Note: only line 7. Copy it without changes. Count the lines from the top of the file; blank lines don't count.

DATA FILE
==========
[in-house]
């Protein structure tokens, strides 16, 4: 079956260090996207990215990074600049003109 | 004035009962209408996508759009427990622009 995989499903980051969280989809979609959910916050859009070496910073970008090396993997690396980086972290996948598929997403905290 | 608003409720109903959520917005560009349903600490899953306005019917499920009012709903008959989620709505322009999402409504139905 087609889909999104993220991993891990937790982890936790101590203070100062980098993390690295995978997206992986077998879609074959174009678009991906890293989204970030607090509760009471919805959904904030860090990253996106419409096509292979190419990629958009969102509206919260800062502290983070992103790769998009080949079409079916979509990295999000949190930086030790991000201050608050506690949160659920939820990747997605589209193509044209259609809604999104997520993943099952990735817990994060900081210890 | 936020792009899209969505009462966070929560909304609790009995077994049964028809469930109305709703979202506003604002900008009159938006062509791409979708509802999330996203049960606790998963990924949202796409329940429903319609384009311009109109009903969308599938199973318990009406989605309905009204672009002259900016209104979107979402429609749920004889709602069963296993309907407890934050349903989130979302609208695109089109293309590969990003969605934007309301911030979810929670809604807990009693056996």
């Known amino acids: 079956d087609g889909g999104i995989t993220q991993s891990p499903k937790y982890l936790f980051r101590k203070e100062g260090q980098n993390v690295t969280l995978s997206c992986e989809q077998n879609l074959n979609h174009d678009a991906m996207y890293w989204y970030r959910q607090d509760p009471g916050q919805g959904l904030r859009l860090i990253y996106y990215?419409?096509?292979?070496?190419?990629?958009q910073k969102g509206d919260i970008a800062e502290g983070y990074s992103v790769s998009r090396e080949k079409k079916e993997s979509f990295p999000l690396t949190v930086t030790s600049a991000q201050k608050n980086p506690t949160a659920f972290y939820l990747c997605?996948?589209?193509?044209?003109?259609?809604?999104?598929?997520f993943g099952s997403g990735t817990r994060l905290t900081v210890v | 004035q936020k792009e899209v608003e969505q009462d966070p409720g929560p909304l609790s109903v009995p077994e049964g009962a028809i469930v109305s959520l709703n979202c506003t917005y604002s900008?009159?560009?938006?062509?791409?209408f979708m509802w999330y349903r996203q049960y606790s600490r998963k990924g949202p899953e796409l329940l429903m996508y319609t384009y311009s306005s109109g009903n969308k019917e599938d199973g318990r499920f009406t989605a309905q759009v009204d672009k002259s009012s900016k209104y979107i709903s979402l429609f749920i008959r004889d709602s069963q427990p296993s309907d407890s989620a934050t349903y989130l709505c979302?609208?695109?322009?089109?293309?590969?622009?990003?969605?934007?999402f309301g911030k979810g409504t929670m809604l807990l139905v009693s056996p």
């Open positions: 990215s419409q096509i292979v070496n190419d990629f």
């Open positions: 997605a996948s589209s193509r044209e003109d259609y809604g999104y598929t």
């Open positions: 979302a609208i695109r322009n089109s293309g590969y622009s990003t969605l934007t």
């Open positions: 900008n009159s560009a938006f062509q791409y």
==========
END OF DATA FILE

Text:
């Open positions: 900008n009159s560009a938006f062509q791409y």